Part 2 – Changing Managing Agents – Top 10 Things to Consider


5. The Size of the Property Manager’s Portfolio

There are very well-known and successful firms of block management firms out there which seemingly do quite weA Horse & Cart with the horse stuck in the air due to his over-heavy workload.ll out of the claims that they restrict their property managers’ portfolio sizes to, let’s say, 10 blocks/estates. This never fails to make me chuckle. This information is useless unless accompanied with at least one other bit of information – the total number of units in that portfolio. A Property Manager may only have 5 clients, but if each has 500 units, this equates to 2,500 units. This would mean their portfolio is clearly far too large to manage efficiently. On the other hand, one might have 30 blocks/estates under their supervision but with each on average containing just 10 units, equalling a total portfolio size of 300 units. The point being made is that one side of this sum on its own is meaningless. So ask for both key bits of data. Generally, a manageable portfolio will be in the region of 600 – 800 units.

AA despairing man banging his head against the wall.s a side-note, although portfolio size is arguably the most influential on a property manager’s workload, there is another important factor to consider and that is how the managing agent as a company is set up to operate. Having worked in this industry for the best part of a decade across 5 different companies, I know what I am talking about when I say that the division of responsibility across multiple departments and offices, if not organised efficiently, can cause real issues. If a Property Manager has to deal with every smallest detail for all administration of their portfolio, they are obviously going to be more stretched than one who has a large support team to take this element of their job off their hands. Conversely, if the support teams are set up in such a way that to get the smallest thing done means filling in a dozen forms, emailing half a dozen people, and then waiting for a response from someone you’ve never met who works 200 miles away, this isn’t going to work either!

6. Look at what Client Types they work for

Ask the agent what their split is between the three main block/estate management client-types; the three being RMCs, Freeholders and Housing Developers. Estate management companies that work for all three types evenly can find it hard to tailor their services to suit any one type in particular. If they predominantly work for large freehold-investors or housing developers, it may well be worth reconsidering whether they A cartoon man with dollar signs for eyes sitting with a pile of money in front of him.would be the right choice for your Resident Management Company. Working for people whose main aims are to sell flats and houses, and pick up ground-rents respectively, is hardly the same as working for home-owners. RMCs need a very specific type of management style which is more consultative and pragmatic. After all, RMC clients will more often than not have a majority of their volunteer directors calling the block/estate their home.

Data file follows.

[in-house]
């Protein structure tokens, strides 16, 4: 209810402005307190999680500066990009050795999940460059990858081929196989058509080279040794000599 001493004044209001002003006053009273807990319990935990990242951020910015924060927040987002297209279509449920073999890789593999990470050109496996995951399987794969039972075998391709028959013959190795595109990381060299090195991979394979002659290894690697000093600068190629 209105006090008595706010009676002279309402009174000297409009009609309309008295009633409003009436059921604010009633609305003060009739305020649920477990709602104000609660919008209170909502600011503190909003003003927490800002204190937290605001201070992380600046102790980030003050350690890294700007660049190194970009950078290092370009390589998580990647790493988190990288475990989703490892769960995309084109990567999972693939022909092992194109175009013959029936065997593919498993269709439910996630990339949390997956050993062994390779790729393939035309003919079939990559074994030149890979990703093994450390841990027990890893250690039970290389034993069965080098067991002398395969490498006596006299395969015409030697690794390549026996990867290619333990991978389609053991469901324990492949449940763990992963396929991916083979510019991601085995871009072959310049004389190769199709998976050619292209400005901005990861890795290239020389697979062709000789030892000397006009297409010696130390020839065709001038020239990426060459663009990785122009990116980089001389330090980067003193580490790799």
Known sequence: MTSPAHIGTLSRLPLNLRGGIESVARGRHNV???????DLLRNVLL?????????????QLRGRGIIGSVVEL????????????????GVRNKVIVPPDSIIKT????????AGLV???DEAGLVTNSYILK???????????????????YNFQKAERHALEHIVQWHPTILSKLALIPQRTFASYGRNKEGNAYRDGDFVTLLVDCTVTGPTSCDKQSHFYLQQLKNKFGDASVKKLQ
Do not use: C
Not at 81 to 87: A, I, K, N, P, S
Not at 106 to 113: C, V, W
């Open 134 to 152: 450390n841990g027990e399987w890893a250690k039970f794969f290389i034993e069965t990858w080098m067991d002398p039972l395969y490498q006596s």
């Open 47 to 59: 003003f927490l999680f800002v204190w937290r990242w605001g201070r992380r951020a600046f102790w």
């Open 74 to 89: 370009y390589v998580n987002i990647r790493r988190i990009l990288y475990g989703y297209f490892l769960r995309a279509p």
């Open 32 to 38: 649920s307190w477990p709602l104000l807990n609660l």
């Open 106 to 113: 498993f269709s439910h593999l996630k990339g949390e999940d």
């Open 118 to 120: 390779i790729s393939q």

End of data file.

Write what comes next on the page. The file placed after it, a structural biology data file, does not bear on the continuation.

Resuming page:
7. Out-of-Hours Emergency Assistance

A scared or panicking man making a call on his mobile phone.Ensure that there is an efficient and reliable service in place to deal with emergencies arising outside of the usual office hours. It is still common to find management agents that just provide a number, or list of numbers, for a variety of different trades, i.e. you suffer a leak, you call a plumber. The problems that can stem from such an issue though are numerous. The plumber could simply not answer. He might attend to a concerned resident suffering a leaThree faceless cartoon people each with a tool in-hand.k through her ceiling only to find that he cannot do anything about it as access to the flat above is needed but not possible. Perhaps an electrician is called for an alarm sounding in the common parts but it turns out to be connected to the lift. Someone has to pay for such examples of wasted call-outs too; either the person that called them, or the service charge payers collectively.

The most ideal emergency service, in our opinion, is one in which a phone is manned at all times, and where the person on that phone is experienced in dealing with hundreds of similar past issues. Not only that but they’d know key information about the building (access codes to crucial cupboards, for example) and have details of which contractors to contact for all the various issues that could arise.

If you have any questions or observations relating to any of these points, please contact us at JFM and we will be happy to help, or if we’re unable to ourselves we’ll signpost you to others that can.

Written by James Farrar MIRPM AssocRICS

Partner of JFM Block & Estate Management

June 2015